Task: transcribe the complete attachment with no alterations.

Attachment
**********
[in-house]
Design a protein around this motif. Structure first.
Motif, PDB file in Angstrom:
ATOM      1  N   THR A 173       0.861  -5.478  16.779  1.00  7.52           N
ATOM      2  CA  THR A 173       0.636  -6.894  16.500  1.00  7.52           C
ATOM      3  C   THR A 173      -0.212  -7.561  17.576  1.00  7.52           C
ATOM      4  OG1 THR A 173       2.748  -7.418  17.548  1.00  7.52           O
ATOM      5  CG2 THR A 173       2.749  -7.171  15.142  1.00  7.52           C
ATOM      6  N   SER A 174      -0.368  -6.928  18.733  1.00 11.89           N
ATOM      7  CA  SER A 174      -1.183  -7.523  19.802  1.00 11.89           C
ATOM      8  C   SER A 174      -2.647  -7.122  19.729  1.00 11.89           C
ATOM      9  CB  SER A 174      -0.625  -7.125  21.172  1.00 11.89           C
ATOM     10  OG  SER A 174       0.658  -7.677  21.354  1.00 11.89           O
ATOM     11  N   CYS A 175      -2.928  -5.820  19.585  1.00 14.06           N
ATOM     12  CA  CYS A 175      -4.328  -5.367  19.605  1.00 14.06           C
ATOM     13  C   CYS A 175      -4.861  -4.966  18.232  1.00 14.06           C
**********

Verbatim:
[in-house]
Design a protein around this motif. Structure first.
Motif, PDB file in Angstrom:
ATOM      1  N   THR A 173       0.861  -5.478  16.779  1.00  7.52           N
ATOM      2  CA  THR A 173       0.636  -6.894  16.500  1.00  7.52           C
ATOM      3  C   THR A 173      -0.212  -7.561  17.576  1.00  7.52           C
ATOM      4  OG1 THR A 173       2.748  -7.418  17.548  1.00  7.52           O
ATOM      5  CG2 THR A 173       2.749  -7.171  15.142  1.00  7.52           C
ATOM      6  N   SER A 174      -0.368  -6.928  18.733  1.00 11.89           N
ATOM      7  CA  SER A 174      -1.183  -7.523  19.802  1.00 11.89           C
ATOM      8  C   SER A 174      -2.647  -7.122  19.729  1.00 11.89           C
ATOM      9  CB  SER A 174      -0.625  -7.125  21.172  1.00 11.89           C
ATOM     10  OG  SER A 174       0.658  -7.677  21.354  1.00 11.89           O
ATOM     11  N   CYS A 175      -2.928  -5.820  19.585  1.00 14.06           N
ATOM     12  CA  CYS A 175      -4.328  -5.367  19.605  1.00 14.06           C
ATOM     13  C   CYS A 175      -4.861  -4.966  18.232  1.00 14.06           C